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Bayer says Monsanto India integration to complete in one year

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Bayer completed the deal to acquire US-based Monsanto recently and the acquisition of Monsanto has been completed globally but it is still in process in India

It will take at least one year to complete the integration of Monsanto India into the Bayer Group, a senior official of German pharma and chemical major has said.

In June this year, Bayer completed the USD 63 billion mega deal to acquire US-based Monsanto to create the world’s biggest agro-chemical and seed company. The acquisition of Monsanto has been completed globally but it is still in process in India.

“We just started three weeks ago to integrate the two companies. The integration of two companies in India will take some time. Since the two companies are listed entities, legally it is going to take some time. I would say, from a legal entity point of view, one year,” said Liam Condon, President, Bayer Crop Science division.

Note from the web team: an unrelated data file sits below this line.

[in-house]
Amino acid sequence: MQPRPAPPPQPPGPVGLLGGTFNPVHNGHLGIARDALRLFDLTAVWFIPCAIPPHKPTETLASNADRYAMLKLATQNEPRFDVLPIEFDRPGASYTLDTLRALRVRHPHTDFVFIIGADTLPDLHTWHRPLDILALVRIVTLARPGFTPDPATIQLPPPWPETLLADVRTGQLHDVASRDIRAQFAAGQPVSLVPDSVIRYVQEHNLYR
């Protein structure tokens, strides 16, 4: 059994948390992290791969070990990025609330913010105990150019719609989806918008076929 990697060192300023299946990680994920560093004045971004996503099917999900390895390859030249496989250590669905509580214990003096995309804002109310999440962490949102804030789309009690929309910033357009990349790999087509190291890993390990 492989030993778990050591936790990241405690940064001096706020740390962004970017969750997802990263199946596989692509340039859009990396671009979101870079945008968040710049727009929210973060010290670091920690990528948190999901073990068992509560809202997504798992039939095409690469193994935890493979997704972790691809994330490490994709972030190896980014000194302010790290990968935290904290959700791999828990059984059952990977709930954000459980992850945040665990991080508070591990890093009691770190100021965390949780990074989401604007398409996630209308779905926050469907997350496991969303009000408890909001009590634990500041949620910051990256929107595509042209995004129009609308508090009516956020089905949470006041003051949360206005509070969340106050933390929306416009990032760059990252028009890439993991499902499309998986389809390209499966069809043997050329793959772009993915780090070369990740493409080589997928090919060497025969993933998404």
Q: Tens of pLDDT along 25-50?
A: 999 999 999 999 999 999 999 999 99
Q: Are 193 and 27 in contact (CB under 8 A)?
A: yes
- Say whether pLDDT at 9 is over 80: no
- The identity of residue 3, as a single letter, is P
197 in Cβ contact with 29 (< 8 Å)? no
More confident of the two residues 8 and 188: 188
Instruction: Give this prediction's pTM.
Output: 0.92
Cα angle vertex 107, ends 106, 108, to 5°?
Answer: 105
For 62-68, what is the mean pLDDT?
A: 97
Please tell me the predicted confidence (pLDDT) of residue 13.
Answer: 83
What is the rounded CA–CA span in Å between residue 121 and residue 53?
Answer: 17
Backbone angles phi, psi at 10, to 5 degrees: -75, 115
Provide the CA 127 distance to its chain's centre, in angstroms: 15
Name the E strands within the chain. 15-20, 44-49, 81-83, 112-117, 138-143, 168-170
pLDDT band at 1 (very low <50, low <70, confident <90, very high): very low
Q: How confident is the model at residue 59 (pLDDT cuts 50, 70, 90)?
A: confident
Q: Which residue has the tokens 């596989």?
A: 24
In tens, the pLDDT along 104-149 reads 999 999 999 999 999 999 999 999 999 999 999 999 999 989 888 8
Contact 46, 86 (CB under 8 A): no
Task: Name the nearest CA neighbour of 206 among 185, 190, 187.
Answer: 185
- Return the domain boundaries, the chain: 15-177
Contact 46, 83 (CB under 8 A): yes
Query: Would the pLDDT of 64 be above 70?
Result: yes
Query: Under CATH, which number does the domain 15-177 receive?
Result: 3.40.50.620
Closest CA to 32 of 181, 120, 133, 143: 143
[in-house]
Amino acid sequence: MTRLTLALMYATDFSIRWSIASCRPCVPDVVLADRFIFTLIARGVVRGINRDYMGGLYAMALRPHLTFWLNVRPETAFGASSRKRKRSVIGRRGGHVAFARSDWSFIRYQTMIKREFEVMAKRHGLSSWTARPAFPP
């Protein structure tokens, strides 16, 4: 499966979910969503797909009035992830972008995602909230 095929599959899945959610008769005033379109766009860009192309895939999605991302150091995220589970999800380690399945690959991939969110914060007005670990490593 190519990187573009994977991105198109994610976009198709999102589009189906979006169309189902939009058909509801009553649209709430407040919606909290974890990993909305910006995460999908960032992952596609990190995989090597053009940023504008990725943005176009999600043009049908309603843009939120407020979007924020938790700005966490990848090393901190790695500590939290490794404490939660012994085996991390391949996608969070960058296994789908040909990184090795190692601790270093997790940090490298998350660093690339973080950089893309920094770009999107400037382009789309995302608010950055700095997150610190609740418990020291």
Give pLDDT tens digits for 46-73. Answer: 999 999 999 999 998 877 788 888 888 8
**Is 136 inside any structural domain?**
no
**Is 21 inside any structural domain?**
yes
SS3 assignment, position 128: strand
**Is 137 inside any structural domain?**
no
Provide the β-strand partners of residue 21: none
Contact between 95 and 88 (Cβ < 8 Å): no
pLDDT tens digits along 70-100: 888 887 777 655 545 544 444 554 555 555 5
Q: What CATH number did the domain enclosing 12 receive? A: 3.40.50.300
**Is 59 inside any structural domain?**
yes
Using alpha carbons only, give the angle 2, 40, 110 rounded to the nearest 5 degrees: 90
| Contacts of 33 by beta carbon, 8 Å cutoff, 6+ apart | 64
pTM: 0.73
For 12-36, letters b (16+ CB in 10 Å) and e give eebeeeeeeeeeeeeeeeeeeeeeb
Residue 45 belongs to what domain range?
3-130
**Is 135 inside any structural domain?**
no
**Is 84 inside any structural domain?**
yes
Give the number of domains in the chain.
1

The integration of the staff personnel of the two listed companies will start immediately with teams getting together and sharing knowledge and information about customers. But the full integration and seamless operation as one company would take couple of years in India, he said adding that for its customers it would start working as one team sooner.

Condon is also a member of the board of management of Bayer AG.

Already, a business restructuring sub-committee has been constituted to evaluate the proposal relating to the integration of the Monsanto India and Bayer’s Indian subsidiary Bayer CropScience. In India, both entities have presence in production and sale of vegetable seeds, cotton seeds as well as in production and sale of non-selective herbicides.

Monsanto has been selling genetically modified (GM) cotton seeds in India for more than a decade through its joint venture Mahyco Monsanto Biotech that has sub-licensed Bt cotton seed technology to various domestic seed companies. However, the company is now involved in a legal case where it has appealed against the Indian government’s decision to fix cotton price along with trait value (royalty) under the Cotton Seed Price Control Order.

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